Piston Head:

    The Piston Head should be plastic always avoid Metal Piston Heads when building a speed gun - metal PHs are already starting to phase out. As long as it is plastic and seals well, use it. Use your stock one if you can. :D

    Bushings and Bearings:

    If you are using a gearbox that is 8mm or 9mm- you can run bearings, but when using them bit is wise to install a solid steel bushing under the spur gear, unless you are running Modify Ceramics: which are currently, the best bearings you can get. If you have an 8mm Mechbox you can still run solid bushings as they are still more reliable, but you do sacrifice efficiency and there for some speed. If you are using a 7mm or 6mm gearbox shell, your only option is to run solid steel bushings; even if they are packed in grease, bearings will be too unreliable at that size. Be sure to grease your bearings with PTFE thickened silicone grease.

    A Few Quality Bearing Brands:

    Modify Ceramic 8mm Ball Bearings
    Lonex 8mm Bearings
    G&P Bearings
    Magic Box 8mm Bearings

    Gear Sets and Gear Ratios:

    Always avoid “High Torque Gear Sets” the only time a HT gear set is acceptable is in a DSG build and it is only a 20:1 by RiotSC. Now that you have a MOSFET, low resistance wiring, Deans Plugs, and a Neodymium Magnet Motor. It is important to install gears with a ratio of 16:1 or lower. *You can run 18.72:1 and still achieve 30 RPS. Common ratios for high speed: 16:1, 15:1, 14:1, 13:1, and 10:1 - The lower number being higher speed of course.

    -It is important to note that the high speed ratios will put more stress on the motor and battery; the lower ratios really won’t be an issue, but will only increase your speed, now that you have a high torque neo-magnet motor and high discharge, high Mah 11.1v or 14.8v battery. You could have a case of diminishing returns from a lower ratio when you are running say a 10:1 DSG on an M170 Spring, in which case a super high torque (low speed) motor is necessary I.E. FT (Frankentorque) or JG Blue (JGM-42) or the ZCI High Torques that do have 22 TPA. Versus running a much faster Lonex A2 on a 14:1 DSG using the same spring.

    On the subject of gears and high speed, you will always want to short stroke your sector gear to prevent Pre-Engagement. This involves grinding off teeth from the pick-up side of the sector gear. It also involves running a heavier spring to not only compensate for the FPS loss you would experience in a short stroke but it also further prevents PE (pre-engagement) and over-spin. However many teeth you decide to shave off really depends on the speed and your target FPS. Short stoking the teeth off of the piston is not necessary, but if you do, it cuts down additional weight slightly.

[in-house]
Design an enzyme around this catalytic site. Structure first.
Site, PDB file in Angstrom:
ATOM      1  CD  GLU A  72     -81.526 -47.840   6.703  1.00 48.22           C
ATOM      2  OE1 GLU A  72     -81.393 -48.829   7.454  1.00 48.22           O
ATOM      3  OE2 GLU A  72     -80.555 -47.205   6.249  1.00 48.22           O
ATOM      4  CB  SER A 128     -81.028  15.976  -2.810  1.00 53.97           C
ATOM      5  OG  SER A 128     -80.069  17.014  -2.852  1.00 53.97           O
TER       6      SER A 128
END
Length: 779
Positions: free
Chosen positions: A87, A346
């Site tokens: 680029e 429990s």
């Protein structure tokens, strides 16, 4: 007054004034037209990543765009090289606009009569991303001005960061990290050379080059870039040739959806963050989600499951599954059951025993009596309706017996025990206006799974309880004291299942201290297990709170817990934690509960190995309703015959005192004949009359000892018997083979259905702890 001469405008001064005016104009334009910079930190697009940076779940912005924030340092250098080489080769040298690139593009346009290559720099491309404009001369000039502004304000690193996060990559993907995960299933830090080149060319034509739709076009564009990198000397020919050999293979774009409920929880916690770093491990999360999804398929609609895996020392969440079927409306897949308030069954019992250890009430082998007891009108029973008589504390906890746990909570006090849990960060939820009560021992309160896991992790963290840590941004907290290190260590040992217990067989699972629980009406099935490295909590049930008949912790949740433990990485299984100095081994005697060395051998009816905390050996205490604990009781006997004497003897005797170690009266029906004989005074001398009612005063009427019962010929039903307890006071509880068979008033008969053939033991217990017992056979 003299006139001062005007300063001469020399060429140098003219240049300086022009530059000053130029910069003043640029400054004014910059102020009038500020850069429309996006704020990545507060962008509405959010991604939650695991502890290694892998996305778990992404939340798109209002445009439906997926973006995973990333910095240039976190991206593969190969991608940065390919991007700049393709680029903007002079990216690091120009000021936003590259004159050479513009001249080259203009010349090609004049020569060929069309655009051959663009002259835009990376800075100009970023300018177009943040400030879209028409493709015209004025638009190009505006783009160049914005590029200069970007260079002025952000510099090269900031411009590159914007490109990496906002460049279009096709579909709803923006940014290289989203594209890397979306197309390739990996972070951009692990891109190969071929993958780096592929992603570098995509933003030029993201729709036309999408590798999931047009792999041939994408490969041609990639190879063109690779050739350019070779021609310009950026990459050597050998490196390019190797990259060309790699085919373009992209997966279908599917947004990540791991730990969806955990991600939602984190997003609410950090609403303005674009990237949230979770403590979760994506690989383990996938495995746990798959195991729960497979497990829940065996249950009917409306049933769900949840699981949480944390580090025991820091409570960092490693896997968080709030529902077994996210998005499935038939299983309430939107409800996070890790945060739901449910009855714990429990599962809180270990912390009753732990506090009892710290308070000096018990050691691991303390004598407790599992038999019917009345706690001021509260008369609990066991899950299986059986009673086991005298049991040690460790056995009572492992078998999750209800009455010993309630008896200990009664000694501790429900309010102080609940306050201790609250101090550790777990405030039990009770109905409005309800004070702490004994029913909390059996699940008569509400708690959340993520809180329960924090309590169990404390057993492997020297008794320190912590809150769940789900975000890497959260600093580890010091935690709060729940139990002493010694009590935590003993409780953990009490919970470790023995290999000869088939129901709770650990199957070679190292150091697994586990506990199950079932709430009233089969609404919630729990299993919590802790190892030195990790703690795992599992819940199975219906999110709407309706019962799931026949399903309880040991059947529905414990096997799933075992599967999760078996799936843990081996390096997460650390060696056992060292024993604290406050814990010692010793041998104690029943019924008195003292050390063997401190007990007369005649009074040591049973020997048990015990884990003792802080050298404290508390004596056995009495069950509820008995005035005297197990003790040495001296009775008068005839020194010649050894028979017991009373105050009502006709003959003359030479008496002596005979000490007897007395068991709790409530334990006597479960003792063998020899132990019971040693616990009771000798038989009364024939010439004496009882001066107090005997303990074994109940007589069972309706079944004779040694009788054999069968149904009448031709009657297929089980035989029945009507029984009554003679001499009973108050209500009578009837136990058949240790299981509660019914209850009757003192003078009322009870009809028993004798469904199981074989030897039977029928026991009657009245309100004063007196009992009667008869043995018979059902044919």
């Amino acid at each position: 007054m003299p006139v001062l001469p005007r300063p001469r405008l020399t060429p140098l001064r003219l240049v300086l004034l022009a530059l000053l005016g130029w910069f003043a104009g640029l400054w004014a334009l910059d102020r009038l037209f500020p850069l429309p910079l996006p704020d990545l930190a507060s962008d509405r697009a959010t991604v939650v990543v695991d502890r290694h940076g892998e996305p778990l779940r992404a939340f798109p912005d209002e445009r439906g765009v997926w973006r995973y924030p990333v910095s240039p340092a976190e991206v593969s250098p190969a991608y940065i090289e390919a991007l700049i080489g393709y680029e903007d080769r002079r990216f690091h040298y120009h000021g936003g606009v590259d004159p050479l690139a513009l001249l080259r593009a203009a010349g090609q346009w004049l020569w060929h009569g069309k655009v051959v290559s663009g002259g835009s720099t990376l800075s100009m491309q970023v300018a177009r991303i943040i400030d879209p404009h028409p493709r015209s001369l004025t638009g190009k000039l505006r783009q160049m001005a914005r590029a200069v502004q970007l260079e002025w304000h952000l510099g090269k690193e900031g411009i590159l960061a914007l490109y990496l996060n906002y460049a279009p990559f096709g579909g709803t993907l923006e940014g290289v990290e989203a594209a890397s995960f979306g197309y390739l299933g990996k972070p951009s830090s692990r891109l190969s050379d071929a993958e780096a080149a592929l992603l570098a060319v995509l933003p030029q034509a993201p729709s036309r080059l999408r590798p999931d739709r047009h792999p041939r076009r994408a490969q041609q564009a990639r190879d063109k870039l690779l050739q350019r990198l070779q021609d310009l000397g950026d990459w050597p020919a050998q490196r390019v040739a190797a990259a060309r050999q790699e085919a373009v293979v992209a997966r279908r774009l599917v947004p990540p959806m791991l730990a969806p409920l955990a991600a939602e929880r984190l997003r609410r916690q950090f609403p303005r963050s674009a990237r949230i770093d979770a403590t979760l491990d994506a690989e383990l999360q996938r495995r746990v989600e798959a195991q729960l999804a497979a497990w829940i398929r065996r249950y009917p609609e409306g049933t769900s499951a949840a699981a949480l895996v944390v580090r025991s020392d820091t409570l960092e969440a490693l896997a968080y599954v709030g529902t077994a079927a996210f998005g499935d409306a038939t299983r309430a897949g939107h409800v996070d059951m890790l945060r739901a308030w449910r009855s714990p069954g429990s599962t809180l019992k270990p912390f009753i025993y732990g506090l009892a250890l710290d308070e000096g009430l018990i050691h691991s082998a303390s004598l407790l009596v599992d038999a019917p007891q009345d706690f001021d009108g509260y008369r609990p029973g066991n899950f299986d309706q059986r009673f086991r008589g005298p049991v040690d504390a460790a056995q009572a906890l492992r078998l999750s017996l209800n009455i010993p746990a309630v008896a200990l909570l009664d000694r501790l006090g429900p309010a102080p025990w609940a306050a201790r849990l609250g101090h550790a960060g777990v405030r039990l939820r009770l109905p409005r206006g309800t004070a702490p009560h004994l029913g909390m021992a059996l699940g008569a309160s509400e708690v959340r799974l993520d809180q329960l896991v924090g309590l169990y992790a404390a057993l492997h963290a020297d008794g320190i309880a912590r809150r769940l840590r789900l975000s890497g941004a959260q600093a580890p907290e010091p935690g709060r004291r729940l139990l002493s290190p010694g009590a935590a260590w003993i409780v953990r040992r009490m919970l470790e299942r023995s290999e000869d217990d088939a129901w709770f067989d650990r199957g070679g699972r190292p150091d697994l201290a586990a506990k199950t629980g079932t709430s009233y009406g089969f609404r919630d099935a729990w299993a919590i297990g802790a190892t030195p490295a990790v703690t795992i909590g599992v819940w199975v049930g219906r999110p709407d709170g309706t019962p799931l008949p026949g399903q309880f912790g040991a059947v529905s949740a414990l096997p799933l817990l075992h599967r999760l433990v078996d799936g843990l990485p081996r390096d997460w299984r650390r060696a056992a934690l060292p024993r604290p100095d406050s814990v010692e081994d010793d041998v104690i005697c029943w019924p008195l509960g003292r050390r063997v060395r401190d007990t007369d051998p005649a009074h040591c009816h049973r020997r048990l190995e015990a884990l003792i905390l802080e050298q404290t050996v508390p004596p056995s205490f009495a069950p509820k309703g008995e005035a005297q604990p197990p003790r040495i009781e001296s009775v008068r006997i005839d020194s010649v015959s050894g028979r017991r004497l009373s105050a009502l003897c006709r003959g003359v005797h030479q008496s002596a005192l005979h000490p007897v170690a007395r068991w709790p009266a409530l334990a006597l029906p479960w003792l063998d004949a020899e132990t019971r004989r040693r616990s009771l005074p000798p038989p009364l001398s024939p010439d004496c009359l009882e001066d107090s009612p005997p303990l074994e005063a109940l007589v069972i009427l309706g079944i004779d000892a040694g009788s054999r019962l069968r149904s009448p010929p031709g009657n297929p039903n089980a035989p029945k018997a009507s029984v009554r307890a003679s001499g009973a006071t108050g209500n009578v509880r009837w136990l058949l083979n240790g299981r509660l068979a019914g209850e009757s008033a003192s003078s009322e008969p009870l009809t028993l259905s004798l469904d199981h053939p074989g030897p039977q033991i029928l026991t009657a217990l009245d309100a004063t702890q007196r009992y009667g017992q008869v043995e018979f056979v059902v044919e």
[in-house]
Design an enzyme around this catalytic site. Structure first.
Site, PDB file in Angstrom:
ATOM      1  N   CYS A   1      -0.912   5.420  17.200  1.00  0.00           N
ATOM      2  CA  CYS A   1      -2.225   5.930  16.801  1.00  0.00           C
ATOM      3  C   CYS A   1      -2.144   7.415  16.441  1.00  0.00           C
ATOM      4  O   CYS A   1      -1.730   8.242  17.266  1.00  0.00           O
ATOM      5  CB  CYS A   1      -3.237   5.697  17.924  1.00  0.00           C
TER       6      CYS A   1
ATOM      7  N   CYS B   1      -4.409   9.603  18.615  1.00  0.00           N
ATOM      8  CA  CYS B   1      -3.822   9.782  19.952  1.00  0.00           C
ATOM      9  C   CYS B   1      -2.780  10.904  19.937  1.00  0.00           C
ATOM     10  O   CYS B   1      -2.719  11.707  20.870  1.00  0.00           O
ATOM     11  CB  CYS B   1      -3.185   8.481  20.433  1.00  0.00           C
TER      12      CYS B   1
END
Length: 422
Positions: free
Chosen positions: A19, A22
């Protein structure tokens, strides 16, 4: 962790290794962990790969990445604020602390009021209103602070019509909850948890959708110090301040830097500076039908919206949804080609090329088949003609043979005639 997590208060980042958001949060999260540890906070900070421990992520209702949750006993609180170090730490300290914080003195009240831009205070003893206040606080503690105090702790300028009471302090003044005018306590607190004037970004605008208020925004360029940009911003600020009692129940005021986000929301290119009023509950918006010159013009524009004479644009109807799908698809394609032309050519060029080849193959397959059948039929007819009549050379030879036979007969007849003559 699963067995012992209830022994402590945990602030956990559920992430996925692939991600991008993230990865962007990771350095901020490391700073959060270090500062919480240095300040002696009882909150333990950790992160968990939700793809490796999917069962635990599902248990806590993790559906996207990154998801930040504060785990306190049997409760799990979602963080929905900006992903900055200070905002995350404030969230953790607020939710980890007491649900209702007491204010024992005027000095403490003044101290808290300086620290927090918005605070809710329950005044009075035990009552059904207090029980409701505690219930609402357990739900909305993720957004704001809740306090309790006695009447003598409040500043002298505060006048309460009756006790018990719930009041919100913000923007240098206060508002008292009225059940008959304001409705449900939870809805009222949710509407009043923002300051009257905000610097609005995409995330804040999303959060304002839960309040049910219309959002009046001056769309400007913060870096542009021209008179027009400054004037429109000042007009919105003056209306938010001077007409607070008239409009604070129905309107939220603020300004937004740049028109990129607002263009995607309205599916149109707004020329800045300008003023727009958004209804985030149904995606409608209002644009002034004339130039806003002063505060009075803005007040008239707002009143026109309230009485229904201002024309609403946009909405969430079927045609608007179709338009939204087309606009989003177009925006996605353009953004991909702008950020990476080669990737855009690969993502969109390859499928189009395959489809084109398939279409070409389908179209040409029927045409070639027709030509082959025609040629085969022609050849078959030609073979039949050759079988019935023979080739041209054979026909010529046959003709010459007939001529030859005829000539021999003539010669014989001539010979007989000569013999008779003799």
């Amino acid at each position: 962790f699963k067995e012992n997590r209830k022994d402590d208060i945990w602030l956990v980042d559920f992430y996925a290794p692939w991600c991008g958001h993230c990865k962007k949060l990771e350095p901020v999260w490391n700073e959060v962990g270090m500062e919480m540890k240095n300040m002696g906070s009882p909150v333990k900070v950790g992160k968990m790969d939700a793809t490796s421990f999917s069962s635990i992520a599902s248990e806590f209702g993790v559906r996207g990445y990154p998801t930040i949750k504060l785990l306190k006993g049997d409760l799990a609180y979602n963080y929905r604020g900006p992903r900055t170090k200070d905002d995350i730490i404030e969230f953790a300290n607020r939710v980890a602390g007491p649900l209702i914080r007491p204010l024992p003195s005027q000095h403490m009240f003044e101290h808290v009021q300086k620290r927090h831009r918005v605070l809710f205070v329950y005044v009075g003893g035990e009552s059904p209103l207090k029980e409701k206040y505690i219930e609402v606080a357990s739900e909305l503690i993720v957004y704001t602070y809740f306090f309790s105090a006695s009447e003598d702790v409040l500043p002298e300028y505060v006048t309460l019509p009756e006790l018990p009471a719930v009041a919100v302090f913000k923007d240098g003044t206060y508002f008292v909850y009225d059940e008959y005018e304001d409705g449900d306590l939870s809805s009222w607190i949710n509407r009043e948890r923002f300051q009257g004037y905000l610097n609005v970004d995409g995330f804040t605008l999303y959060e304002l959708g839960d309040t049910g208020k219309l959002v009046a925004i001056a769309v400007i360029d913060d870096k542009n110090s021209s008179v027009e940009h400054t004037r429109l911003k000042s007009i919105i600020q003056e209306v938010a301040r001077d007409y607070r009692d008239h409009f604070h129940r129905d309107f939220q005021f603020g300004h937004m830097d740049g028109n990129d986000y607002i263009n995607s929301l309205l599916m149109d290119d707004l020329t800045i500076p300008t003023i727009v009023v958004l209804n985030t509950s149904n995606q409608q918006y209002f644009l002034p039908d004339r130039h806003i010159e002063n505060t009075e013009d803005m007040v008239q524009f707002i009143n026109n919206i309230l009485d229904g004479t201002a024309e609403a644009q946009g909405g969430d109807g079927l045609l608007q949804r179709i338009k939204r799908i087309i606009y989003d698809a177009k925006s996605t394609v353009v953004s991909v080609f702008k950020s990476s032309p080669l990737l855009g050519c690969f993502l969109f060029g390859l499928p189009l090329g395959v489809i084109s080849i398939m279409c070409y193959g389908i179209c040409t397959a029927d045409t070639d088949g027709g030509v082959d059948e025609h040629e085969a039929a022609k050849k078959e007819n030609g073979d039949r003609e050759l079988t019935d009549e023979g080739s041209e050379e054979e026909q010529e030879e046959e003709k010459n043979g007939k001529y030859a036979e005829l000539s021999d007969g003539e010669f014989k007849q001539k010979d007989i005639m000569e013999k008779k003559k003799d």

Double Sector Gears: Siegetek Concepts is very well known for their DSG-Dual Sector Gears, they are also known for producing the best AEG gears in the world, ever. If you can afford them, get them. If you are running an AEG above 40 BBs/ second, it is much more practical to run a DSG; with a DSG you can run a high torque motor that will run cooler and the gears are really not spinning any faster than a low speed SSG (single sector gear). You are just getting two piston strokes per one 360 degree revolution of the sector gear. Note this calls for an M150 or stronger spring.

    This super high speed modification requires a lot of experience and knowledge to perfect and get right, you must know how to shim perfectly and have a good understanding of how each and every part of how the gearbox works and operates.

    A Dual Sector Gear Build can also very in Rate of Fire (RoF) from low speed DSG (conservative and very reliable) to a high speed DSG. I would not say there is any official line between the two that I know of, but if I had to take a guess a low speed would be anywhere between 35 RPS - 48 RPS. And higher speed would be 50 plus RPS. This all depends on motor, gear ratio, spring, and battery just like a SSG would. If you can afford them, would recommend purchasing the entire DSG gear set from RiotSC (Siegetek Concepts).

    To achieve the full advantage of your AEGs RoF or to maximize its potential. You will need to make sure your mechbox is in tip top condition so it will not be slowed down. You will want to make sure your gearbox is shimmed to the best it can be with the shim space you have available. A bad shim job will put more stress on your motor and your gears, RoF and trigger response will suffer, and make your AEG ‘short lived’ especially if you are throwing in high speed components. This is a user error that is unacceptable in AEG builds of any sort. Don’t be lazy, take your time shimming using the bevel to pinion method.